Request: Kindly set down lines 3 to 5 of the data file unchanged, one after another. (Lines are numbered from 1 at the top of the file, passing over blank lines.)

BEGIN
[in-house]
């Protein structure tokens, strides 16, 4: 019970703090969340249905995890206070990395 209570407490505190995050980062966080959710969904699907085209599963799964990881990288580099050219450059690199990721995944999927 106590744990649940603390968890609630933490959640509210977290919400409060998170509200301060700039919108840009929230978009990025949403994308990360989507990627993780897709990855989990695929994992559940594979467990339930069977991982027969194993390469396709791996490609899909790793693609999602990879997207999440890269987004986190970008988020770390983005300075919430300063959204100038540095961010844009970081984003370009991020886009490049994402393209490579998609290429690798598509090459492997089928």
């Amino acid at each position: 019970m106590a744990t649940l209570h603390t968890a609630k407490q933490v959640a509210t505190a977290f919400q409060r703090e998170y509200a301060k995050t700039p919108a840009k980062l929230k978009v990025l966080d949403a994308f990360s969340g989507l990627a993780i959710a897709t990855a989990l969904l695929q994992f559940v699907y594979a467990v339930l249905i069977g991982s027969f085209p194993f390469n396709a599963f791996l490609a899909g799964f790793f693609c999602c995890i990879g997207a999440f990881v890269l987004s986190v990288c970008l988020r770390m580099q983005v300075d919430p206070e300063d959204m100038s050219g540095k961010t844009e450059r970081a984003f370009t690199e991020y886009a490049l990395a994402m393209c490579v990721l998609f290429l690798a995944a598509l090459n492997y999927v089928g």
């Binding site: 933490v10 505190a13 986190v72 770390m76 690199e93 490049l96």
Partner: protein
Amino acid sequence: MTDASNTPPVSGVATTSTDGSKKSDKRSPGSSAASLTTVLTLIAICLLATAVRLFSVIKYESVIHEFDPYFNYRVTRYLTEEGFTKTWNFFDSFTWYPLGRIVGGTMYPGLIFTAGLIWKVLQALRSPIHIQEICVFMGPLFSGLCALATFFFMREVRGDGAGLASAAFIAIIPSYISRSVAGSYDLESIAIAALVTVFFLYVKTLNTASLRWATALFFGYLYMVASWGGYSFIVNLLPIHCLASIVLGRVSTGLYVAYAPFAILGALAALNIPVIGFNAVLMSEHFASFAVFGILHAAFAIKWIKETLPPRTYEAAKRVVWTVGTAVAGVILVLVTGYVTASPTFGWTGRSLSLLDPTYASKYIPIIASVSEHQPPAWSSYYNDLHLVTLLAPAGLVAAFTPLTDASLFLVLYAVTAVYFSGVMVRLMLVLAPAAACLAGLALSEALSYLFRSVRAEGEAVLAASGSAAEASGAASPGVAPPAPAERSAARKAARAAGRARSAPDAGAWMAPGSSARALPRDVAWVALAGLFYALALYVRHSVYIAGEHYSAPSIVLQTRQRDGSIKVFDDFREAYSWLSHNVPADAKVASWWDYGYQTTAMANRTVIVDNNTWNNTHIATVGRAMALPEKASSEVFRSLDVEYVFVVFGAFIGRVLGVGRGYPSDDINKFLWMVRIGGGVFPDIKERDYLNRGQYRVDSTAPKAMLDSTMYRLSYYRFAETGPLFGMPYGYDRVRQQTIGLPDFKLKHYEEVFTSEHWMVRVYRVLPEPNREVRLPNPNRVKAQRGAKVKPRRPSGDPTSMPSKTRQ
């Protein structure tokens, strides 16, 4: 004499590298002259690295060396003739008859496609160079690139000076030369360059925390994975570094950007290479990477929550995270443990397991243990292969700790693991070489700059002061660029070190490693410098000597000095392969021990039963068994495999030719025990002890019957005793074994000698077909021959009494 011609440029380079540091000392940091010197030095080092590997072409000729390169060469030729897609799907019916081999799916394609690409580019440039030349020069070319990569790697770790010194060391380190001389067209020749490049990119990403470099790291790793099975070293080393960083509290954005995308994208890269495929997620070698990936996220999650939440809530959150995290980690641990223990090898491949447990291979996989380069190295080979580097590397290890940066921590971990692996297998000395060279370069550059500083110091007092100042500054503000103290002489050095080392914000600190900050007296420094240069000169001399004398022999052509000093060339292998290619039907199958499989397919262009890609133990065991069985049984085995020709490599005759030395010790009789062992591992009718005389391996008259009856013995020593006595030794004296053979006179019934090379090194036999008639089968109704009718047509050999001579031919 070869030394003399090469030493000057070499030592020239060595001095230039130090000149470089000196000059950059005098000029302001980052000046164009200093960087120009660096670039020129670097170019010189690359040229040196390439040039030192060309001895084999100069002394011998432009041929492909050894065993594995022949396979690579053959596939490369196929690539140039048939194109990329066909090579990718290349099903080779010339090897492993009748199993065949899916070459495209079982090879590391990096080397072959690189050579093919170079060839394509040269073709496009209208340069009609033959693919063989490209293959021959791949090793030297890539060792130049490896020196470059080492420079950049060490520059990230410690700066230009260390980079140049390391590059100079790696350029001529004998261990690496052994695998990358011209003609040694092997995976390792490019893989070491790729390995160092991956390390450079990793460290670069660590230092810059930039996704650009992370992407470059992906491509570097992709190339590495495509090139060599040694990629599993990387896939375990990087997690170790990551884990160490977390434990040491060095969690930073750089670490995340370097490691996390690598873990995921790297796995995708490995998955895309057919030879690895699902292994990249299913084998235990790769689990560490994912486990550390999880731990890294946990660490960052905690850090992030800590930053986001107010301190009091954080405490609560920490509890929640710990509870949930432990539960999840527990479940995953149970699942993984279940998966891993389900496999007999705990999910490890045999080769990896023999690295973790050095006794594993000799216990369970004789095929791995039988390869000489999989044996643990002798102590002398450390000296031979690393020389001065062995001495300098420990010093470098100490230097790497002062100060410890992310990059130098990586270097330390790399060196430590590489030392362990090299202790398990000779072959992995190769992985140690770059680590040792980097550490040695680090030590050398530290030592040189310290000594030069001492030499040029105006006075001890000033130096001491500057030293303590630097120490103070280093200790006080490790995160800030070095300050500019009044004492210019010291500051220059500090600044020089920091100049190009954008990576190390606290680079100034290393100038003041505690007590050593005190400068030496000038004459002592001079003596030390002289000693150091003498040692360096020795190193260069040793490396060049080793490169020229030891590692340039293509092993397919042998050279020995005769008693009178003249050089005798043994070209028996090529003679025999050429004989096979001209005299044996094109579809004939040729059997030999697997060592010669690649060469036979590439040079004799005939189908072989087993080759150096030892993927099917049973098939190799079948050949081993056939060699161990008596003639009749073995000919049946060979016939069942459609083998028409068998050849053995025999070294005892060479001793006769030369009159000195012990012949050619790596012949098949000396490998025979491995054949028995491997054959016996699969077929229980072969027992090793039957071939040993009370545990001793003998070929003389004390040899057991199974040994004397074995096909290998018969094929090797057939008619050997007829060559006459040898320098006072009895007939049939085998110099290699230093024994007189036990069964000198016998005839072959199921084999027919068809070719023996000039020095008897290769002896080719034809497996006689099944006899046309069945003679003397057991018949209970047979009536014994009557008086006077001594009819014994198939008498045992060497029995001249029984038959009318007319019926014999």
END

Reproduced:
């Amino acid at each position: 019970m106590a744990t649940l209570h603390t968890a609630k407490q933490v959640a509210t505190a977290f919400q409060r703090e998170y509200a301060k995050t700039p919108a840009k980062l929230k978009v990025l966080d949403a994308f990360s969340g989507l990627a993780i959710a897709t990855a989990l969904l695929q994992f559940v699907y594979a467990v339930l249905i069977g991982s027969f085209p194993f390469n396709a599963f791996l490609a899909g799964f790793f693609c999602c995890i990879g997207a999440f990881v890269l987004s986190v990288c970008l988020r770390m580099q983005v300075d919430p206070e300063d959204m100038s050219g540095k961010t844009e450059r970081a984003f370009t690199e991020y886009a490049l990395a994402m393209c490579v990721l998609f290429l690798a995944a598509l090459n492997y999927v089928g």
């Binding site: 933490v10 505190a13 986190v72 770390m76 690199e93 490049l96």
Partner: protein